Tomalonis, Alexandra

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TOMALONIS, Alexandra

PERSONAL: Female. Education: Georgetown University, M.A.

ADDRESSES: Offıce—c/o DanceView, P.O. Box 34435, Martin Luther King Station, Washington, DC 20043.

CAREER: Washington Post, dance critic, 1979-1997; founding editor of DanceView magazine, 1979—. George Washington University and George Mason University, teacher of dance history and aesthetics; founder of newsletter Ballet Alert, 1996; Dance Magazine, Washington correspondent; guest lecturer at Smithsonian Institution, John F. Kennedy Center for the Performing Arts, Wolf Trap, and other venues.


Henning Kronstam: Portrait of a Danish Dancer, with an afterword by Ellen Levine, University Press of Florida (Gainesville, FL), 2002.

Contributor of dance reviews to periodicals, including Ballet Review, Dance Now, Politiken, Dance International, and Teater Et.

SIDELIGHTS: Dance critic, teacher, and lecturer Alexandra Tomalonis first became interested in the Royal Danish Ballet in 1976 after seeing a performance, but she did not visit Copenhagen until 1990. At that time, and in subsequent visits, she became fascinated with productions staged by Henning Kronstam, who, she says in the preface to her book Henning Kronstam: Portrait of a Danish Dancer, seemed to have a "mystical symbiosis" with the dancers that "produced miracles."

In early 1993 she approached the very private dancer about writing a book about his ballet roles, but he did not consent to the request for several months. Only two days after he did so, he was dismissed from the Royal Ballet—for a breakdown in health caused by drinking, Tomalonis would later learn. Yet, he consented to begin work on the book in January, 1994. With Kronstam out of the Ballet, the book, Tomalonis decided, would be an artistic biography. However, Kronstam died in May, 1995, at age sixty-one, leaving many questions unanswered, in spite of the two hundred hours of interviews. Shortly before his death, however, Kronstam had talked for the first time about an illness, most likely bipolar disorder, that he had faced all his life, keeping it a secret lest it ruin his career. His mother had also suffered from the disorder, and Kronstam had blamed himself for her eventual suicide. An afterword in Tomalonis's book, by psychiatrist Ellen Levine, helps to explain many occurrences in Kronstam's life in light of his illness. Facing the gaps in biographical detail, Tomalonis finished the book as a portrait. As part of her research, she spoke with more than one hundred dancers and choreographers, in addition to the classes and rehearsals she observed at the Royal Danish Ballet over the ten years following her first visit to Copenhagen.

Born in 1934 into a comfortable family, Kronstam entered the Royal Danish Theatre Ballet School at age eight, where he was schooled in the technique of Danish master choreographer August Bournonville. The six-foot-tall, dark-haired and slender Kronstam first went onstage with the Royal Ballet as a student at age thirteen, as partner to a thirty-year-old ballerina. At age twenty, he created the role of Romeo in Frederick Ashton's Romeo and Juliet. Other famous roles included Bournonville's "James," Petit's "Cyrano," Balanchine's "Apollo," and the "Old Clown" in Murray Louis's Hoopla. He was known as an impeccable classical stylist who mastered the Danish jumping technique, and also as a gifted dance-actor. In his nearly thirty-year career with the Royal Danish Ballet, he advanced to Ballet Master, directing the school and serving as administrator. He also produced the successful Bournonville Festival in 1979.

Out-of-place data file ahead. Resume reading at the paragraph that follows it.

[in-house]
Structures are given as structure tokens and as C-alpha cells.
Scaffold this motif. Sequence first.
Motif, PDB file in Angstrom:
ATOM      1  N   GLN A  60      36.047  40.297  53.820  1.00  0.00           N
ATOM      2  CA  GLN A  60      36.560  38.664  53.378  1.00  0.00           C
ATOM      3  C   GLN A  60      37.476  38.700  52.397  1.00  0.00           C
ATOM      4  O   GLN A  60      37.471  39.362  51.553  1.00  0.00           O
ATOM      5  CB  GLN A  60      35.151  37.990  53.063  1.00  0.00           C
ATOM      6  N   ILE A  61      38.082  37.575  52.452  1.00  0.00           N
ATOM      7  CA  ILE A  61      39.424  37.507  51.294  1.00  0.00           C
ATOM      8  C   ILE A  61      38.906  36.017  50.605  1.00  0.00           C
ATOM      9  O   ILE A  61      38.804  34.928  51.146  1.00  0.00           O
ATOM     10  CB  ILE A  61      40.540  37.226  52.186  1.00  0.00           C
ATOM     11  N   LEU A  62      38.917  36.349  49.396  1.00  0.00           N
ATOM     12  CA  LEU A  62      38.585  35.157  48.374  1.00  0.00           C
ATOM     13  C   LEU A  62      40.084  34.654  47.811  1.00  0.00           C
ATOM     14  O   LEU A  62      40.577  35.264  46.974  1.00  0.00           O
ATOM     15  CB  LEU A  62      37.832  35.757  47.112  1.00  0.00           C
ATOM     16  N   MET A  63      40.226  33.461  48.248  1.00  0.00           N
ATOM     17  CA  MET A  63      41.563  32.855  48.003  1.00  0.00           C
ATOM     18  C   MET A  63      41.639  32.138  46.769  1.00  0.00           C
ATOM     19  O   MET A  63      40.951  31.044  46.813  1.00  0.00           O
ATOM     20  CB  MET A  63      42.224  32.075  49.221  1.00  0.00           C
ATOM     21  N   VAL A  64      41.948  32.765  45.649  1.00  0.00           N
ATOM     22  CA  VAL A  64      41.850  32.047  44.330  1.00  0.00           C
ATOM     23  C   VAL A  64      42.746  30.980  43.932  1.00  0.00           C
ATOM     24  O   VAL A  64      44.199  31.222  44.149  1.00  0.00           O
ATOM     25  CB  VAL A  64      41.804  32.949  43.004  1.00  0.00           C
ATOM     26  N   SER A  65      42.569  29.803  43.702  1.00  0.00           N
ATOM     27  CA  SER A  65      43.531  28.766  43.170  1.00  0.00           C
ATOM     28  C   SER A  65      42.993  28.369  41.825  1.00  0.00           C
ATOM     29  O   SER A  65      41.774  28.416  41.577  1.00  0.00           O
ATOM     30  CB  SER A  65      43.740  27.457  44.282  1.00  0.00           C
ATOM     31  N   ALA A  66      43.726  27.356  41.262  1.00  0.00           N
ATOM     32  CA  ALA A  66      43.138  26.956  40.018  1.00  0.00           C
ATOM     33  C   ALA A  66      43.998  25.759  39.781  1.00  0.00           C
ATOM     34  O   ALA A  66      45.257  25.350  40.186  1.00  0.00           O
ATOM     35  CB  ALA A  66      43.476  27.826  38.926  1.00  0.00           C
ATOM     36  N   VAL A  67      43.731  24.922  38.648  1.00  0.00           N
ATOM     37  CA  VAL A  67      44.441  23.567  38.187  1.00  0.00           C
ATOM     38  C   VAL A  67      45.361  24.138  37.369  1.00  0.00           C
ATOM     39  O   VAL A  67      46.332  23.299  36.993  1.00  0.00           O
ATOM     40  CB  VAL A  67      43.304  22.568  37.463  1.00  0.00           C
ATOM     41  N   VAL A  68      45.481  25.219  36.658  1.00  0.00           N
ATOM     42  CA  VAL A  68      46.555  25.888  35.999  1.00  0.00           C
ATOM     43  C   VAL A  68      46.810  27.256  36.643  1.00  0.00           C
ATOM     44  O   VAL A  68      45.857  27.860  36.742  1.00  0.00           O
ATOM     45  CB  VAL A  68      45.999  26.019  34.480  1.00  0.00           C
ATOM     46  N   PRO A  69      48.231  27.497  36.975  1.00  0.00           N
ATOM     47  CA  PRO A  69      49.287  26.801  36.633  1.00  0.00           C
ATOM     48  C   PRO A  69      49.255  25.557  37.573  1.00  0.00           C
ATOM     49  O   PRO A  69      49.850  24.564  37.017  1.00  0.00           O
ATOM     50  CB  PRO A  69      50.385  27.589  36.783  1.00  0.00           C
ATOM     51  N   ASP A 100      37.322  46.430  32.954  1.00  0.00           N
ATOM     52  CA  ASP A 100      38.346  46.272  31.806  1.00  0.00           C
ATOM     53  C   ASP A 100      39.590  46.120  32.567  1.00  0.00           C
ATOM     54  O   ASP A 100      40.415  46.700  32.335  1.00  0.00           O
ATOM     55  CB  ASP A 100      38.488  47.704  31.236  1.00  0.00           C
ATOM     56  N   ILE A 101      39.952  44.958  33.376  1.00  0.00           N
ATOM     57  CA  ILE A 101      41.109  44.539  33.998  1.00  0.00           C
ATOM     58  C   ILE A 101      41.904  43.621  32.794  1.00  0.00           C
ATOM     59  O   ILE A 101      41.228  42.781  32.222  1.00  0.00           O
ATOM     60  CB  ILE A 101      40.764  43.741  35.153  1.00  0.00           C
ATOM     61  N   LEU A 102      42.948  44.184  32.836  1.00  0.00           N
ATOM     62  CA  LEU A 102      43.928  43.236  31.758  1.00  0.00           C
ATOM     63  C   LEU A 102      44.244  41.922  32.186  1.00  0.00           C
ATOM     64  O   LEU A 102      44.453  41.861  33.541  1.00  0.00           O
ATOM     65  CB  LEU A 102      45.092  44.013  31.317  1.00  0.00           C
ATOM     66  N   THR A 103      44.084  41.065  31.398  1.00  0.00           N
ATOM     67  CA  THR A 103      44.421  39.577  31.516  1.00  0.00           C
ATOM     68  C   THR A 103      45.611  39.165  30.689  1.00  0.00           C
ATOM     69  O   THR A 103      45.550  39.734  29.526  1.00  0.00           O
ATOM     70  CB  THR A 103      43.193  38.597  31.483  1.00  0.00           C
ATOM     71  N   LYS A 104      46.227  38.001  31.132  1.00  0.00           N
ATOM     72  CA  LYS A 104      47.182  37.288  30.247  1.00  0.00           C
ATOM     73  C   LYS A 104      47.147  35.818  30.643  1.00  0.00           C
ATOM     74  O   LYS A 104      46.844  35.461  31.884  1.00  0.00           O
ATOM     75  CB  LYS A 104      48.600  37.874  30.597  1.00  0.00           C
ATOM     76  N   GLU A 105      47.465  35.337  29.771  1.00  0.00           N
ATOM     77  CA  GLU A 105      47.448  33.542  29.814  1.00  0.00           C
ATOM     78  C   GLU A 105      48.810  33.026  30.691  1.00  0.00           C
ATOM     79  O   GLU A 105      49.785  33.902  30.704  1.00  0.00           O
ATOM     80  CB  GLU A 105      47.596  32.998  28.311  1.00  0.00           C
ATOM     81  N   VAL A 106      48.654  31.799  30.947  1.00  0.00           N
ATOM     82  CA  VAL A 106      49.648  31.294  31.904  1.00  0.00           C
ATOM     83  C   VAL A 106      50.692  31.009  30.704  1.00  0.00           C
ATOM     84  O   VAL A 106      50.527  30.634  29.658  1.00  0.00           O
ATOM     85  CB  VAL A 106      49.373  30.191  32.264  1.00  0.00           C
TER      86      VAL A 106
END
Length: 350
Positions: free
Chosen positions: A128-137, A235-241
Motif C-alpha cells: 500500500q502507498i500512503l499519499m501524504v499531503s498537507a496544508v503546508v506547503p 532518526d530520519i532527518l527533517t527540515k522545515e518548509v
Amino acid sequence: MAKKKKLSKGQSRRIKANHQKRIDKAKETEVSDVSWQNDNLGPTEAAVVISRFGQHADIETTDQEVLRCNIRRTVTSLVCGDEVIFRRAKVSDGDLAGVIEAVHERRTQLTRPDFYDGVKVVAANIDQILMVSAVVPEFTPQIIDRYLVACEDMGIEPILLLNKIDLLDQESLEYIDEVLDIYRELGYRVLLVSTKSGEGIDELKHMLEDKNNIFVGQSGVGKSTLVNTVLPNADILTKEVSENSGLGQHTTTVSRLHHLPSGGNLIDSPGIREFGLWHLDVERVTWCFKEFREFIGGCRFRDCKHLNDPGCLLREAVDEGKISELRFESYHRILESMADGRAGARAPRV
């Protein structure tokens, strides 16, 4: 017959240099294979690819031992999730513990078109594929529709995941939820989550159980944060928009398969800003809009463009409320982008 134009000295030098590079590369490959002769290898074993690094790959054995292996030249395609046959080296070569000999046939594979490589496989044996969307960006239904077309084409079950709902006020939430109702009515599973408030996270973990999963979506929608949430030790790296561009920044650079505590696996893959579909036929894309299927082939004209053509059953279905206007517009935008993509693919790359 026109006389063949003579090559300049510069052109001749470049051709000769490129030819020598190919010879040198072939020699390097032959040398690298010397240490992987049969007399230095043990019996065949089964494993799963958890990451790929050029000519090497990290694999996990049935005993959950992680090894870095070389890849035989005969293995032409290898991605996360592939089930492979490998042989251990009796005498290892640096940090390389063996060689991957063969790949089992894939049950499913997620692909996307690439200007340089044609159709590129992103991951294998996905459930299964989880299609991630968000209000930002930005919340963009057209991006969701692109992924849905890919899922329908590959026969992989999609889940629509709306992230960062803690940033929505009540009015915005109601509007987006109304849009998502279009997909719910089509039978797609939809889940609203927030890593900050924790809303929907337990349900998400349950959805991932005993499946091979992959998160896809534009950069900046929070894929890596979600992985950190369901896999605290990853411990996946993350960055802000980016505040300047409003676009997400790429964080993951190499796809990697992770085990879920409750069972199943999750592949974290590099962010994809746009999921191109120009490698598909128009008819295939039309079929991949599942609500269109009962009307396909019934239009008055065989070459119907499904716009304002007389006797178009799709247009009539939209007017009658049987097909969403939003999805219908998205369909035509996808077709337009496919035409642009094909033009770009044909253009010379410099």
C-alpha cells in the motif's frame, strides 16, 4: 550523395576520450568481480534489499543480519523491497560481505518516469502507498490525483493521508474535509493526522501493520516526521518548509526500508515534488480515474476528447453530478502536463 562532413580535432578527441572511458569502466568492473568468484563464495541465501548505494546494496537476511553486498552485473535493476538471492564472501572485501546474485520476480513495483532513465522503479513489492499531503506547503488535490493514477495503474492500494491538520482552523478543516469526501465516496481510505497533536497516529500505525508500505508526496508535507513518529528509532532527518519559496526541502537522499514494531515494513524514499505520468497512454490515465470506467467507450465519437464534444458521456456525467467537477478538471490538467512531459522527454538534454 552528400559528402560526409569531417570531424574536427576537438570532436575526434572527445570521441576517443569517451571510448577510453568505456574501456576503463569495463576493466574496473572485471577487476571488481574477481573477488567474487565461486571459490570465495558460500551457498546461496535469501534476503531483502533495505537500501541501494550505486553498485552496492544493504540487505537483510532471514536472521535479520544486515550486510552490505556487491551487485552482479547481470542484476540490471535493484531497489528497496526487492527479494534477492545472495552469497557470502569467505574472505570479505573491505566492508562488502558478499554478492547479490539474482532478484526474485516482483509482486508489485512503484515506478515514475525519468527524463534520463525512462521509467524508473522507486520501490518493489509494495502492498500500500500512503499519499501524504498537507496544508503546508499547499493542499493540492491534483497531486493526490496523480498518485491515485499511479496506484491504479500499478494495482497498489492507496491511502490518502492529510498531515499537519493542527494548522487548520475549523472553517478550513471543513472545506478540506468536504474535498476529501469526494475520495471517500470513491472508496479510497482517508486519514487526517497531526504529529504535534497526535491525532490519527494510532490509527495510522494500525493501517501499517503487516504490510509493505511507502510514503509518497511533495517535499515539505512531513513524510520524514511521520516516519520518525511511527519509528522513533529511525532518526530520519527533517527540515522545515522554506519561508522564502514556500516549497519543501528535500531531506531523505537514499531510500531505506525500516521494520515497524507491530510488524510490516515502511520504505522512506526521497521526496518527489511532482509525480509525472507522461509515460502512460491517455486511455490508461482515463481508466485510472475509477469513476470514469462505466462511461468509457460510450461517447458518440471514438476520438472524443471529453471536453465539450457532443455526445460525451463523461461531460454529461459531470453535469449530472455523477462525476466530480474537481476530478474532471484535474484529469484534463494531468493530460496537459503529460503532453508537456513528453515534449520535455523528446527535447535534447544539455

In spite of his talent and success, Kronstam was no friend of the press and preferred to stay in Denmark throughout his career, so he was less well known than some of his contemporaries, such as Eric Bruhn and Flemming Flindt. He also struggled with alienation from his family for his early and lifelong relationship—and eventual marriage to—an older man, Franz Gerstenberg. Tomalonis explores this and other relationships in Kronstam's life and career.

Monna Dithmer, in a review for Politiken, called the book "a seductively good read . . . the story of a great artist, the aristocrat of the spirit, and a man who fought without any compromises for a genuine dance art. . . . At the same time, it is also a committed political statement." At times, wrote Dithmer, the book comes across "as a hagiography more than a biography, a depiction of a saint in the way that it turns Kronstam's dark and weak sides in his favor. Nonetheless," she wrote, "the book gives a very convincing and multifaceted portrait of his artistic development as a dancer and as an instructor." Anne Marriott, writing for Ballet Magazine, commented, "The chapters on his major roles offer fascinating insights not only into Kronstam's painstaking approach but also into the creation and staging of ballets. . . . The book sets out virtually the whole history of the Royal Danish Ballet and Kronstam's career is interwoven with the changes and the many intrigues and scandals." Library Journal's Carolyn M. Mulac noted that Tomalonis "uses a range of sources . . . an evenhanded treatment, and graceful prose to take the full measure of a complicated and talented individual."



Ballet Magazine, December 2002, Anne Marriott, review of Henning Kronstam: Portrait of a Danish Dancer.

Library Journal, October 1, 2002, Carolyn M. Mulac, review of Henning Kronstam, p. 98.

New York Times, June 3, 1998, Jennifer Dunning, "A New Ballet Journal," p. E3.

Politiken, January 8, 2003, Monna Dithmer, "The Swan in the Duck Pond."


University Press of Florida Web site, (May 7, 2003), description of and preface to Henning Kronstam.*